Is Hillary Clinton’s star power fading?

[Note: Thanks for bearing with FP while we get our Web site properly functioning again. Because the site goes down intermittently, Madam Secretary posts may be delayed and/or sparse until the problem is solved.] Politico has a provocative article on Secretary Clinton today, "Clinton Toils in the Shadows." The article states that many assumed Clinton ...

[Note: Thanks for bearing with FP while we get our Web site properly functioning again. Because the site goes down intermittently, Madam Secretary posts may be delayed and/or sparse until the problem is solved.]

Politico has a provocative article on Secretary Clinton today, "Clinton Toils in the Shadows."

The article states that many assumed Clinton would be the "brightest star" in the U.S. cabinet, but instead, "she has about as low a news-making profile as is possible for someone who is arguably the most famous woman on the planet." (A bar chart accompanying the article shows that media mentions of Clinton have plunged since February.)

[Note: Thanks for bearing with FP while we get our Web site properly functioning again. Because the site goes down intermittently, Madam Secretary posts may be delayed and/or sparse until the problem is solved.]

Politico has a provocative article on Secretary Clinton today, "Clinton Toils in the Shadows."

The article states that many assumed Clinton would be the "brightest star" in the U.S. cabinet, but instead, "she has about as low a news-making profile as is possible for someone who is arguably the most famous woman on the planet." (A bar chart accompanying the article shows that media mentions of Clinton have plunged since February.)

One touchy topic has been her delegation of some responsibilities to regional envoys — Richard Holbrooke for Afghanistan and Pakistan, and George Mitchell for the Israel-Palestine conflict. The article states, "the unprecedented reliance on high-profile envoys … will perhaps be the key to her success or failure."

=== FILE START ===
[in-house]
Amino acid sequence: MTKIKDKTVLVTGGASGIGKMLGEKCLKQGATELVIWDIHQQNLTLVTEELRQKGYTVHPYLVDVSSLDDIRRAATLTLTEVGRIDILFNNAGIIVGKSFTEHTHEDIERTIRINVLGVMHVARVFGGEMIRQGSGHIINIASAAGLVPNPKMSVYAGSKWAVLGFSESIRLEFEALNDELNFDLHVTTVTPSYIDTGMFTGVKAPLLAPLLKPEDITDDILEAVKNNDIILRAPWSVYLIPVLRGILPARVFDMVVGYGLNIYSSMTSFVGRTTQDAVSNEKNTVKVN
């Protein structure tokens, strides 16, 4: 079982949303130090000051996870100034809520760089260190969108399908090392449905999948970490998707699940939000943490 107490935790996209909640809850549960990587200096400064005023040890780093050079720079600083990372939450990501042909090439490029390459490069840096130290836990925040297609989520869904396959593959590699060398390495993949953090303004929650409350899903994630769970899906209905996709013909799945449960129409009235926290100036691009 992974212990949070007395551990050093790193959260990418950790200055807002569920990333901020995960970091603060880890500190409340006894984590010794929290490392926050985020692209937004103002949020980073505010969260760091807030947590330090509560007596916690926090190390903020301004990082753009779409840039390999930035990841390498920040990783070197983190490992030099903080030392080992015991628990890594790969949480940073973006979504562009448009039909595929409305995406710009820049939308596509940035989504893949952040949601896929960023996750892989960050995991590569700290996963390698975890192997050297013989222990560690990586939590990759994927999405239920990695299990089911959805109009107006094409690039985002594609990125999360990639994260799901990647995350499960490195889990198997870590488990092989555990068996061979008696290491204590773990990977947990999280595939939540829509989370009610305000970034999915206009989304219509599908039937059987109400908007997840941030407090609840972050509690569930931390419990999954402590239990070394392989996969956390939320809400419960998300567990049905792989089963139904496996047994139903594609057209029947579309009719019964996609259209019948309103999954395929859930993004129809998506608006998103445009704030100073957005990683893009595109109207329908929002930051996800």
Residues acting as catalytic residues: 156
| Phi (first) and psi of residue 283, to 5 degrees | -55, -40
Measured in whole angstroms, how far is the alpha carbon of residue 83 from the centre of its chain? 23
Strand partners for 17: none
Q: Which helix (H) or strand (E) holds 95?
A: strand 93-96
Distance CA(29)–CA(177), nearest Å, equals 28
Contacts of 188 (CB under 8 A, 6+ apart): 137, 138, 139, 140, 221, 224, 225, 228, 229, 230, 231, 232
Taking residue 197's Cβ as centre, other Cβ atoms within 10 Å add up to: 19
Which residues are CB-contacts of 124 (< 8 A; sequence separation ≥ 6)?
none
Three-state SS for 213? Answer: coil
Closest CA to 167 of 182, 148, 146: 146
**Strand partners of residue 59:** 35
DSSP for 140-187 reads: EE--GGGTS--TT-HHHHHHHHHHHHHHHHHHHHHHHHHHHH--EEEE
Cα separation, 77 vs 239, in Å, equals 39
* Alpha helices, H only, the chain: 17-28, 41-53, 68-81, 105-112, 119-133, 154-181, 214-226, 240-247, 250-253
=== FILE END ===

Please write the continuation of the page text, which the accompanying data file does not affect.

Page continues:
Some observers think Clinton’s use of envoys diminishes the influence of the State Department. "You’ve got the empire of envoys that she acquiesced in, which sent into motion these little fiefdoms. … The general proposition is that in diplomacy and strategy, all power seems to be flowing away from the State Department," former Middle East negotiator Aaron David Miller told Politico.

Meanwhile, Holbrooke told Politico that bringing in high-profile, experienced people such as himself broadens the State Department’s reach. "There’s a real difference between subcontracting foreign [policy] to people — which can cannibalize you — and having strong people who you direct."

Sounds like this use of envoys is really costing Clinton in terms of her image right now. What do you all think? Is Secretary Clinton a "disciplined loyalist" providing "grindstone leadership" as she "toils in the shadows"?

Preeti Aroon was copy chief at Foreign Policy from 2009 to 2016 and was an FP assistant editor from 2007 to 2009. Twitter: @pjaroonFP

More from Foreign Policy

A propaganda poster from the 1960s shows Chinese leader Mao Zedong.
A propaganda poster from the 1960s shows Chinese leader Mao Zedong.

Xi’s Great Leap Backward

Beijing is running out of recipes for its looming jobs crisis—and reviving Mao-era policies.

A textile worker at the Maxport factory in Hanoi on Sept. 21, 2021.
A textile worker at the Maxport factory in Hanoi on Sept. 21, 2021.

Companies Are Fleeing China for Friendlier Shores

“Friendshoring” is the new trend as geopolitics bites.

German children stand atop building rubble in Berlin in 1948.
German children stand atop building rubble in Berlin in 1948.

Why Superpower Crises Are a Good Thing

A new era of tensions will focus minds and break logjams, as Cold War history shows.

Vacationers sit on a beach in Greece.
Vacationers sit on a beach in Greece.

The Mediterranean as We Know It Is Vanishing

From Saint-Tropez to Amalfi, the region’s most attractive tourist destinations are also its most vulnerable.